After I read the first chapter, I was a bit worried. Englund starts the book with a fairly detailed account of the Battle of Warsaw in 1656. And I feared that the rest of the book would be much of the same. Thankfully Englund doesn’t limit his scope to warfare in the 17th century, and between descriptions of battles during the Thirty Years War, he focuses on the political, economic and social transformations of the period.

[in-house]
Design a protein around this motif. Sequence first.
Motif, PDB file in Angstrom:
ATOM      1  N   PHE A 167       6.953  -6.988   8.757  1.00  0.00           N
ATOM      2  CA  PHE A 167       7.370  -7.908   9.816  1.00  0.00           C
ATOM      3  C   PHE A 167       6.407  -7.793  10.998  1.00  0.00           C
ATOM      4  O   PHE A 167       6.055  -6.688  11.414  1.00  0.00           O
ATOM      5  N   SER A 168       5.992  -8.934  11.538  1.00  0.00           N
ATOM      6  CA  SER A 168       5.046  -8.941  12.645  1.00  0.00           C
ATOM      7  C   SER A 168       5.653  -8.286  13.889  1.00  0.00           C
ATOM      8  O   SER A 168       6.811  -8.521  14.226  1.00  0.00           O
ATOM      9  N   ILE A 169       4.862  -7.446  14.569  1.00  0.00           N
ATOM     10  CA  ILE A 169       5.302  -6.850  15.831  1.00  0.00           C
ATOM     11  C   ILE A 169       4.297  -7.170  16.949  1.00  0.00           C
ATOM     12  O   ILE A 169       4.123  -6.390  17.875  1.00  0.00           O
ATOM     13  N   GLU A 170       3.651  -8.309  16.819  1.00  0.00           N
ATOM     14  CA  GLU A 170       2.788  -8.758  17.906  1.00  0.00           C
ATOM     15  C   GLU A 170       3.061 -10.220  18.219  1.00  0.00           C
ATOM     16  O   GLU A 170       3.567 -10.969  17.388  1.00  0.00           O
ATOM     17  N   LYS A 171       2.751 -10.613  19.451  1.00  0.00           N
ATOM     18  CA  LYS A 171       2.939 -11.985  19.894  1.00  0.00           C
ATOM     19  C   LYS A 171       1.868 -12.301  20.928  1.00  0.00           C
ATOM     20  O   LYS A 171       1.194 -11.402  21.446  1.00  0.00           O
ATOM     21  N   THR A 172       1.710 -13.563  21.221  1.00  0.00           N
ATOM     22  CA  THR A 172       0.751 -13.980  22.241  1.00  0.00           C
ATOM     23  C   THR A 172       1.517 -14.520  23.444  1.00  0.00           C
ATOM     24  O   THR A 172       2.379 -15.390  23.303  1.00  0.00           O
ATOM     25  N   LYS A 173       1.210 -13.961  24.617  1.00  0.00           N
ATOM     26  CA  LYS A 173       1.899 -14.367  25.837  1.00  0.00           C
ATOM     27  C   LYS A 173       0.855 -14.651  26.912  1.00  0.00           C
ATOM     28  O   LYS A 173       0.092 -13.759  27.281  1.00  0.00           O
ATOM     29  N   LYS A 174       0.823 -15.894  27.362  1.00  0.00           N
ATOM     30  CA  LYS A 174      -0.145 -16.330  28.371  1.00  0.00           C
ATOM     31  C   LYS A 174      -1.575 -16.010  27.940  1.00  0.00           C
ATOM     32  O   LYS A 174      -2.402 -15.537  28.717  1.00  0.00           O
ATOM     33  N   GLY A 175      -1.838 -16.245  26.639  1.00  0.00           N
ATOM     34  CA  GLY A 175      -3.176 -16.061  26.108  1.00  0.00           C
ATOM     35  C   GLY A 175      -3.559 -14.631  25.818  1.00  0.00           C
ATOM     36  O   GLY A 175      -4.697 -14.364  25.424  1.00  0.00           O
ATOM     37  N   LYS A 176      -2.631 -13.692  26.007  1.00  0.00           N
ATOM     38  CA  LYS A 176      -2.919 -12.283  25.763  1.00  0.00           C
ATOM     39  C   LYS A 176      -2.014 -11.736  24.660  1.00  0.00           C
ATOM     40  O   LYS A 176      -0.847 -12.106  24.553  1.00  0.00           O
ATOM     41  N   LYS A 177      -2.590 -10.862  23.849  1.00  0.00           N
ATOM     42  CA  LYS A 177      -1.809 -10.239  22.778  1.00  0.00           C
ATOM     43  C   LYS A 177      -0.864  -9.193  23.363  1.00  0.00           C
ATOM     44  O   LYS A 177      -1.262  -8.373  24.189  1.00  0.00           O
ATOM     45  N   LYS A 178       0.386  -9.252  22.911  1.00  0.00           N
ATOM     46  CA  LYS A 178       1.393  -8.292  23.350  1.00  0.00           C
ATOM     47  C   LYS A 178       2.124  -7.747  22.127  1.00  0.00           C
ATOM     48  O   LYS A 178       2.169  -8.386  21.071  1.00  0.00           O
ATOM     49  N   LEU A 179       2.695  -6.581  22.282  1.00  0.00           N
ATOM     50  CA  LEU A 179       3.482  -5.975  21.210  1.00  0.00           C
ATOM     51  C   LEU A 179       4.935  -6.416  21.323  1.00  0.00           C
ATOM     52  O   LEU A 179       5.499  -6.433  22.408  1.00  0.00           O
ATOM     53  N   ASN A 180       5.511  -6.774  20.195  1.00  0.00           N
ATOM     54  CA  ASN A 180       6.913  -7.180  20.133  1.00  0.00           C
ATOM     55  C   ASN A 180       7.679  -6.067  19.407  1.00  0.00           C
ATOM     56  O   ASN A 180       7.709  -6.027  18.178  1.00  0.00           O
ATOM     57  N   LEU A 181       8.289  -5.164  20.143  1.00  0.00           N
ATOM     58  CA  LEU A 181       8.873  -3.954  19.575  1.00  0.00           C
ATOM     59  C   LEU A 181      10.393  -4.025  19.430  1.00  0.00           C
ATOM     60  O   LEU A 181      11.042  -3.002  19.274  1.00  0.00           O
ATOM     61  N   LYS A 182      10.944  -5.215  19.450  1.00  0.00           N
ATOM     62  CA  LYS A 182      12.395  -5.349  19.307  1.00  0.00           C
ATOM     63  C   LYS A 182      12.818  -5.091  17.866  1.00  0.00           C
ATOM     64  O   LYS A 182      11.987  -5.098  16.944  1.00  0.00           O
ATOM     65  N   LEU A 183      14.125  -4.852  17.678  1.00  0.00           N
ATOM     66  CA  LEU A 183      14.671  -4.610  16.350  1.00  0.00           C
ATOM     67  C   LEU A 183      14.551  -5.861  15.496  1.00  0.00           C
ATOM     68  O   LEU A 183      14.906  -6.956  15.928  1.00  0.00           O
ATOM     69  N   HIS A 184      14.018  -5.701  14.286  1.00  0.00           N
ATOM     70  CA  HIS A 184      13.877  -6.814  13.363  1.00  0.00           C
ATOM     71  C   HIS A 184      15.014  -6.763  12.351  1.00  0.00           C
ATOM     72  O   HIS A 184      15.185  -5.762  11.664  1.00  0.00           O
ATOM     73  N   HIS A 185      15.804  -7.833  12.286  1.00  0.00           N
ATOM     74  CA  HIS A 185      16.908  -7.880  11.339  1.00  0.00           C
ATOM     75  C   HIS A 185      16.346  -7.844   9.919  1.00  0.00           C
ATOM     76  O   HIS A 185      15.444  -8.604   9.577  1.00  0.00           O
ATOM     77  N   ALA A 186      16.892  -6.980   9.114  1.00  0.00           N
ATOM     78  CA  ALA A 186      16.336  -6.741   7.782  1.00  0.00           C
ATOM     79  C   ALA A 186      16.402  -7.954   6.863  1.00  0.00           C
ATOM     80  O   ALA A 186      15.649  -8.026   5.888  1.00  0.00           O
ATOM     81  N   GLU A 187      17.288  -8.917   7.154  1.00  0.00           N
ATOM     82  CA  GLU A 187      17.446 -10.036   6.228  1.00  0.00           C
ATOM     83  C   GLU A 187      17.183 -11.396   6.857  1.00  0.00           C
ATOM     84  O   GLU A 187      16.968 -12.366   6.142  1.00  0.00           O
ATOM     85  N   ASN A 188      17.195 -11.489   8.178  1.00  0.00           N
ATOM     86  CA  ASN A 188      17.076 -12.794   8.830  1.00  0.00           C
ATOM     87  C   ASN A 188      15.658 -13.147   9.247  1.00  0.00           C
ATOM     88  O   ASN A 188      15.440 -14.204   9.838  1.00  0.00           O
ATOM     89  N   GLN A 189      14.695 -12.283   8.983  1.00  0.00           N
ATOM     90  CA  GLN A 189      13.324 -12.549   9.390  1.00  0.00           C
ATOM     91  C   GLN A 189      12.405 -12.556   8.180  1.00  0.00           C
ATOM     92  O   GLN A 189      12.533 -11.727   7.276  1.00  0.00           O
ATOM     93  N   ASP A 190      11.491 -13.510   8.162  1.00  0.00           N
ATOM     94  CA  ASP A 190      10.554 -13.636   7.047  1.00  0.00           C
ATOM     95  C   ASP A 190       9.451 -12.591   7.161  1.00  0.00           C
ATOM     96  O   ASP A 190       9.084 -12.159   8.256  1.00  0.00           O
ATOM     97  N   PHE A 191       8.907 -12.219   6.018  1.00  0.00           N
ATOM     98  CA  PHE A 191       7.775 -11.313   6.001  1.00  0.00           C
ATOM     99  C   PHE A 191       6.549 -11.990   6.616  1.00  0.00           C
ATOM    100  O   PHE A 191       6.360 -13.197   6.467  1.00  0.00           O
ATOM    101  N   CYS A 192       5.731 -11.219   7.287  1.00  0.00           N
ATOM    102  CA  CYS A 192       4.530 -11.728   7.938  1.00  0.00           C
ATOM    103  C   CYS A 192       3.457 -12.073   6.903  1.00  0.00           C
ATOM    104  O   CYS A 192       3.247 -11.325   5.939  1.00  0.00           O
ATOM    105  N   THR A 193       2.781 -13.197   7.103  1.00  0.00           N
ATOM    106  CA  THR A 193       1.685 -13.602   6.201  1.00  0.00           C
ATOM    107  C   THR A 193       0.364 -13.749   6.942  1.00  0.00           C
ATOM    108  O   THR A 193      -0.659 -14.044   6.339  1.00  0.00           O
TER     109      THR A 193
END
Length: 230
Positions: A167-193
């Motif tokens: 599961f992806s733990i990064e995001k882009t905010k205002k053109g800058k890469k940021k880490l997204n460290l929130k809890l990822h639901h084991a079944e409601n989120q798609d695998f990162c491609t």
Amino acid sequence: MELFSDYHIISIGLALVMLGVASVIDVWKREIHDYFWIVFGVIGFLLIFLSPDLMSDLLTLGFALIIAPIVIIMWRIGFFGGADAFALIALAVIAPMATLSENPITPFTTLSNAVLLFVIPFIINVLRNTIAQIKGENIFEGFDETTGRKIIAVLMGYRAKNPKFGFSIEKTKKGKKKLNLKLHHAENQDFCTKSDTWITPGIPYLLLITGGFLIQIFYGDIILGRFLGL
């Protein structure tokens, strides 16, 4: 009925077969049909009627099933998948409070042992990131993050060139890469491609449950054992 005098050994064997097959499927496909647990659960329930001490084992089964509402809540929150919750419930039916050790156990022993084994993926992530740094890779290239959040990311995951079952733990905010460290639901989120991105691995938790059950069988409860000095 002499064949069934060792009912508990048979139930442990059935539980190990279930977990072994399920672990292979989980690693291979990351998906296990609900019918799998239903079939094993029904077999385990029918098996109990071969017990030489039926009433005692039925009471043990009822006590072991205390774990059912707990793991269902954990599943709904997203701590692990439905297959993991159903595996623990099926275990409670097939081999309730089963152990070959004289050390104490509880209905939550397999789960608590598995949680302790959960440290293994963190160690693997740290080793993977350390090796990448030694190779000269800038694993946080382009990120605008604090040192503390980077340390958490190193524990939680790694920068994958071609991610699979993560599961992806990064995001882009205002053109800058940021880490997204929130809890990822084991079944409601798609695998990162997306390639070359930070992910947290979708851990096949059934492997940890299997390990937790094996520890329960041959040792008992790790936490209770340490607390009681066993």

When Englund muses on the Swedish educational system or the troubles of travelling, he is at his best.